Developing skilled professionals who live the healing values of Christ means being an institution where students are cared for – mind, body, and spirit – so that they may carry those values forward in their career as caregivers. Charde’ Holt is one student who lived this mission, pursued her dream, and overcame many personal challenges along the way.
“I grew up poor, in a small town,” explained Holt. Rather than attend preschool, she helped her single mother take care of her grandmother, who was a three-time cancer survivor of the lungs and larynx. “She was 4’10”, had no voice, and carried oxygen as tall as she was,” said Holt.
She taught Holt about Jesus and the Bible, as well as how to count, sing the alphabet, draw, and more. In return, Holt helped her with baths, medications, and reaching items high in the cabinet where she could climb. “I feel like I was born into caring for others,” she said.
She recalled how “the strength and knowledge of Christianity my grandmother instilled in me was at peak.” And, that she “wouldn’t have known how much I was going to need it after this point.” When her grandmother passed away during her freshman year at high school, she felt she had lost everything.
She found happiness again as a cheerleader for two years until she suffered a traumatic brain injury. She recalled, “I lost the ability to speak properly, and could no longer cheer. I had over a hundred seizures a week, so I could no longer attend school. At this point, I was in deep depression.” She described her struggles with addiction to pain medications, which she took from waking to sleeping. “I did not want to remember. I did not want to be present. I even began dropping out of school. I started giving up.”
When Holt’s friends were accepted into a collegiate high school where advanced students could earn full-time college credit as they earned their high school credits, her best friend recommended she take the acceptance test. While suffering through migraines and side-effects from her medications, she tried and failed the entrance exam.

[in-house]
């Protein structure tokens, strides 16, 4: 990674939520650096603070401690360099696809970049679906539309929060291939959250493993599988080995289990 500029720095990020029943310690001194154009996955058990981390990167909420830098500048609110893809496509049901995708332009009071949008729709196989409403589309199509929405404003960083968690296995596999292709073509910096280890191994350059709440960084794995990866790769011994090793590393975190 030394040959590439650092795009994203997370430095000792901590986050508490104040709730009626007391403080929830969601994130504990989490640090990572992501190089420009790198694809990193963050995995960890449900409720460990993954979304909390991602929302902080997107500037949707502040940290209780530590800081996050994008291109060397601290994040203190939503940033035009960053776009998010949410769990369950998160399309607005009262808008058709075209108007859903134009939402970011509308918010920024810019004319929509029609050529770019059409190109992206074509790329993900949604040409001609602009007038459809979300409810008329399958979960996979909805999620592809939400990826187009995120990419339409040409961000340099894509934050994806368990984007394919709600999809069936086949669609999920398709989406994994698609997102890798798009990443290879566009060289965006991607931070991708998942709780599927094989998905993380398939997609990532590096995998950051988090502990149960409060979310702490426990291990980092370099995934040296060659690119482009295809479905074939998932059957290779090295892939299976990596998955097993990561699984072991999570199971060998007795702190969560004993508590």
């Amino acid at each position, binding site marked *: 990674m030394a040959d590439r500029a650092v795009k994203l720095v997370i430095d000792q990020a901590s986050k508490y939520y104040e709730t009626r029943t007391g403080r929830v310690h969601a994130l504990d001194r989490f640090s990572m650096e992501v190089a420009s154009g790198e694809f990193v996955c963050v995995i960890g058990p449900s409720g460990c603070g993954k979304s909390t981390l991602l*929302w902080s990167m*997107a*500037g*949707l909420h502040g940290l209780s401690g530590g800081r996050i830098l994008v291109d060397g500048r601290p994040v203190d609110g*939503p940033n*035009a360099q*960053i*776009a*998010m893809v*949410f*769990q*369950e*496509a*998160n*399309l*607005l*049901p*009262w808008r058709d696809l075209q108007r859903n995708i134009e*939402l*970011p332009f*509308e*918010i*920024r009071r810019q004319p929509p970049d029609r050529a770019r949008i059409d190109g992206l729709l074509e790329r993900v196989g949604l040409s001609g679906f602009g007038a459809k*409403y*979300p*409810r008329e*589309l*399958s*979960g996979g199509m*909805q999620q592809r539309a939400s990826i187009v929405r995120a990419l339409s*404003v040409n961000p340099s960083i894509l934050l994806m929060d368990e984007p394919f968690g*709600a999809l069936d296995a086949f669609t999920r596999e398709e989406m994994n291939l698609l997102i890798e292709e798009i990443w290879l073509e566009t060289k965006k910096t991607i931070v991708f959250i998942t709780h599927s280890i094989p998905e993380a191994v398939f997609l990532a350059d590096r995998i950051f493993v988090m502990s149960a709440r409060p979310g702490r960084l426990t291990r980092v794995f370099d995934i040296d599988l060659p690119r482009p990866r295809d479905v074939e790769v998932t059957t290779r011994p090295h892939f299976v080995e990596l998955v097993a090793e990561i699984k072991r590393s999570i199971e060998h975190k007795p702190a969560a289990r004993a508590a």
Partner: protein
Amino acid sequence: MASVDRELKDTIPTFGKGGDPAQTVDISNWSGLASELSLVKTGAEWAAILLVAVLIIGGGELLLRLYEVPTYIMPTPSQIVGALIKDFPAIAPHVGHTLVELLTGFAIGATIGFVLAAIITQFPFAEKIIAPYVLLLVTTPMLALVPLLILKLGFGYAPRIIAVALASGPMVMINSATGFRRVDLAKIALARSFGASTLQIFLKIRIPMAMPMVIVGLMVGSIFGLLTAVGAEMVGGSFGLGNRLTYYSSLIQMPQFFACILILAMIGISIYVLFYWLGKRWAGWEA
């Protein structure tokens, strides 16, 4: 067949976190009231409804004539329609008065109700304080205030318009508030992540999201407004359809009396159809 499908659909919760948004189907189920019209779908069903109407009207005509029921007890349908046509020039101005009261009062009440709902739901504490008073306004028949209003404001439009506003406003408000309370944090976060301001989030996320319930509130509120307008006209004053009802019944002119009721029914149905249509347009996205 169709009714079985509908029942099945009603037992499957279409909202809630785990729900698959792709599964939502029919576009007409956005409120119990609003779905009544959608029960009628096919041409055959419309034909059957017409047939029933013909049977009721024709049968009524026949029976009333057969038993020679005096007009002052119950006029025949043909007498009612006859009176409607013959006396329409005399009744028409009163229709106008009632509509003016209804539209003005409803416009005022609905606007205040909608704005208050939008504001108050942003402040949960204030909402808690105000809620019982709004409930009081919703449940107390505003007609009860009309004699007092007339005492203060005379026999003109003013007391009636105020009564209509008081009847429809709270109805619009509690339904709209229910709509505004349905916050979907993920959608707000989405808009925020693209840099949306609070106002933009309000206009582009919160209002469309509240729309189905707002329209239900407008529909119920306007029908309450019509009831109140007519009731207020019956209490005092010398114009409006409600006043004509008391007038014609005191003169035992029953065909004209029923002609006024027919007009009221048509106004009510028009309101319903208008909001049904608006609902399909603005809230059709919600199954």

At the insistence of her mother, Holt tried again and was accepted. Upon finishing, she had earned her first college degree at the age of 18. She said, “I knew I could only afford to apply to one college. My mother and I navigated the process of applying to college alone.”
Holt applied and was accepted to AHU. She said, “As a first-generation college student, I … felt the pressure on me. I could not fail.” She decided to become a physician’s assisant. For a while, life was going well. She was earning good grades and had become engaged. “My fiancé was such a huge supporter of me getting into PA school,” she said.
Three months later, her fiancé, who had cystic fibrosis and was awaiting a double lung transplant, developed pneumonia. At his bedside in the ICU, while he was comatose, Holt would read healing scriptures. He passed away at 21. Holt recalled the painful moment, saying “I cried every single day for a year, because I missed him, and it seemed as if everything I loved died in some fashion.”
Not long after, life presented another series of tumultuous twists for Holt and her family. She was diagnosed with idiopathic intracranial hypertension, leading to many hospitalizations and neurology appointments. Simultaneously, her mom had escaped an abusive marriage and became homeless.
Holt said, “I remember missing so much work due to being sick. I remember … I’d have candy for dinner. [I remember] wringing the rainwater out of my clothing after walking to appointments or the pharmacy.” Through it all, she persevered until earning her bachelor’s degree. She said, “I never wanted to be a burden to anyone … despite the pain, I kept going. Something inside of me kept me going.”
Unlike other students in her class, Holt could only afford to apply to one PA program, and she chose AHU’s highly competitive PA program. She was accepted in the first round.
Now she is married, has a new home, and, as a certified PA, is working her “dream job” in emergency medicine. She said, “I was not alone. God was there …. Now, I understand why everything happened to me. God used me as a vessel, from the young age of 3, to do His work!”
Holt exemplifies the mission-focused, uncommonly compassionate student that AHU is blessed to mentor and develop. She said, “I am extending the healing ministry of Christ. I can’t get enough of older patients seeing me so young and insisting that I mentor their grandchildren, or being that guidance to other poor, first-generation college students who don’t know the way.”
AdventHealth Unviversity | January 2021